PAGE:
Michigan Chapter Update
July 19, 2015
In this Issue:
- Energy Legislation Prioritizes Corporate Polluters Over Michigan's Future
- Oil Pipeline Task Force Report Falls Short
- "Remember the Kalamazoo" July 25
- Spartan Sierrans Attend SPROG
- Register for Retreat, August 21-23 (And Help Support Scholarships!)
- NOAA Predicts Lake Erie Toxic Algae Bloom Will Be Worse Than 2014
- Free Download of "Earth Watchers" Youth Eco Sci-Fi on Kindle
- Explore and Enjoy: Tip of the Keweenaw Peninsula
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NEW ENERGY LEGISLATION PRIORITIZES CORPORATE POLLUTERS OVER MICHIGAN'S FUTURE
While the Legislature is on summer break, bills that would set our state back more than a decade on clean energy will have hearings in the Senate. Your voice is critical if Michiganders are going to increase clean, renewable and efficient energy in coming years!
Senate Energy Committee Chairman Mike Nofs and Senator John Proos recently introduced Senate Bills 437 and 438, which would drastically rewrite Michigan's energy policy, putting the interests of corporate polluters over people and our environment. The bills repeal Michigan's renewable energy standard, eliminate energy efficiency programs, and redefine clean energy to include polluting sources such as natural gas, nuclear energy and hazardous waste incineration. This legislation would also take away net metering, a key program that gives a fair return on the solar energy produced on electric customers' homes and businesses and fed into the grid.
We need your help to stop these bills and get the legislature to pass policies that support truly sustainable energy sources like wind and solar!
Click here to take action and tell your lawmakers to support strong clean energy legislation and oppose proposals that will take us backward!
STATE'S OIL PIPELINE TASK FORCE RECOMMENDATIONS FALL SHORT
The long awaited report of the Michigan
Petroleum Pipeline Task Force released last week offers the potential for
eventual relief from the threat of Enbridge’s pipelines through the Straits of
Mackinac, but they leave the Great Lakes, drinking water sources and northern
Michigan's tourist economy unacceptably vulnerable to a catastrophic pipeline
rupture through the Straits of Mackinac.
"If you believe these existing pipelines pose an immediate threat to the Great Lakes—and we do—these recommendations amount to a rearranging of deck chairs on Michigan's Titanic of oil pipelines, only worse: the threat of Enbridge's pipelines through the Straits is there for all to see," said Michigan Chapter Chair David Holtz. "What is needed—and needed now—is to shut down Line 5."
According to the report, "the Task Force believes the State has available legal tools to abate any immediate and actual threat of a spill from the Straits Pipelines," (page 57), however the Snyder Administration and Attorney General Bill Schuette are declining to use those tools to protect the Great Lakes at this time. Sierra Club and its partners in the Oil and Water Don't Mix Coalition (OWDM) note recommendations in the report could take years to implement and there is no public, transparent process proposed going forward.
The proposal to study alternatives to Enbridge Line 5 pipeline across the Straits of Mackinac was one positive recommendation, although the timing of this review has not been spelled out. The Task Force report provided recommendations for other petroleum pipelines that cross Michigan as well. Among the encouraging recommendations are calls for state agencies to collaborate on emergency preparedness and spill response, as well as for the state to establish larger civil fines.
"With the fifth anniversary of the Enbridge Line 6B break that devastated the Kalamazoo River and was the worst inland oil spill in US history looming just 11 days after the report's release, our state officials owe the people of Michigan quick action and transparency when it comes to the enormous threats posed by petroleum pipelines in our state," said Chapter Conservation Director Anne Woiwode. "There will be no excuse for any future, preventable pipeline oil spills and we are counting on our elected officials to act now to protect our future."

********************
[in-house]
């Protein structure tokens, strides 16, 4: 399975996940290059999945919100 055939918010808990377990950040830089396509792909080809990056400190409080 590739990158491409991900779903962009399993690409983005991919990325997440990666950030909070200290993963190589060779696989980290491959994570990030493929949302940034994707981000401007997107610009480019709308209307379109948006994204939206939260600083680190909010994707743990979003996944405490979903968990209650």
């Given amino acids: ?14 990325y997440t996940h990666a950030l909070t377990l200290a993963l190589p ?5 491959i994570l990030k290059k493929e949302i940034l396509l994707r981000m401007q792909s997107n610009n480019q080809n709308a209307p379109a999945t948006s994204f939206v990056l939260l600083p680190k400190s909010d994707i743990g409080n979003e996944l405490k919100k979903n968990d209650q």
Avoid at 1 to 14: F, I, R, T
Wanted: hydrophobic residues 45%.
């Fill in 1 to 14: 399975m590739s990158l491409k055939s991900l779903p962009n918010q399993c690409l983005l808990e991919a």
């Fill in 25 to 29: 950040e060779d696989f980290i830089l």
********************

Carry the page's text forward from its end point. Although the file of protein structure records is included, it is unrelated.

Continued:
"REMEMBER THE KALAMAZOO" THIS SATURDAY, JULY 25
The Remember the Kalamazoo memorial event aims to remind us of the devastating
effects of the inland oil spill that shocked the nation five years
Taking place on Saturday, July 25, at the Burnham Brook Community Center in Battle Creek, the commemorative day will feature speakers from Battle Creek, Galesburg and Marshall, the communities most affected by the spill. The event will begin at 10 a.m., featuring workshops, keynote speakers and a healing walk.
The breach of Enbridge Line 6B spilled over 1,000,000 gallons of oil into the Kalamazoo River, damaging surrounding communities' economy and destroying local biodiversity. The memorial day will offer training on how to prepare if a similar situation were to again occur. In addition, a workshop will focus on effective ways to resist the focus on oil profits over people and the environment, with special attention on the threat of increased oil transportation from Tar Sands. The closing of the event will feature a walk to the Kalamazoo River.
Students from around the Midwest gathered from July 7-12th to discuss the younger generation's role in mitigating climate change and demanding clean energy from their campuses. To learn more about the Sierra Student Coalition, click here.
SPARTAN SIERRA CLUB ATTENDS "SPROG"
The President and Vice-President of the Spartan Sierra Club, Michigan State's newest environmental group, attended this year's Midwest Sprog, a camp for future environmental leaders. The five-day grassroots training included canvassing for local environmental groups, workers' rights panels and discussions about energy and climate justice.
"Sprog was intense and opened my eyes to new energy issues," Spartan Sierra Club President Joe Kahn said. "It's more than an issue about the environment, it's about people."
The group's goals for the school year will focus on moving the campus to more renewable energy sources, as the shutdown of the T.B. Simon coal plant involves a controversial switch to natural gas. Their Seize the Grid campaign will push the MSU administration to demand greater renewable energy percentages from the campus' utility provider, Consumer's Energy. The group also hopes to make energy decisions on campus more democratic, allowing students to get involved in these important conversations.
For more information about the club's work, visit the Spartan Sierra Club Facebook page!
"EARTH WATCHERS" MIDDLE GRADE SCI-FI BOOK DOWNLOAD
Earth Watchers, a middle-grade eco-sci-fi fantasy novel by Lorraine Sigle, a Michigan Sierra Club member and supporter, is being released in various forms this summer. The book sprang from Lorraine's love of the environment and her concern about climate change. Currently, it's accessible via Kindle books or from your computer using the Kindle app. And, to celebrate the new release, it's being offered for FREE beginning today Sunday, July 19, through Thursday, July 23, to download for your kids', grandkids', or your own reading pleasure! Go to Lorraine's website for more details.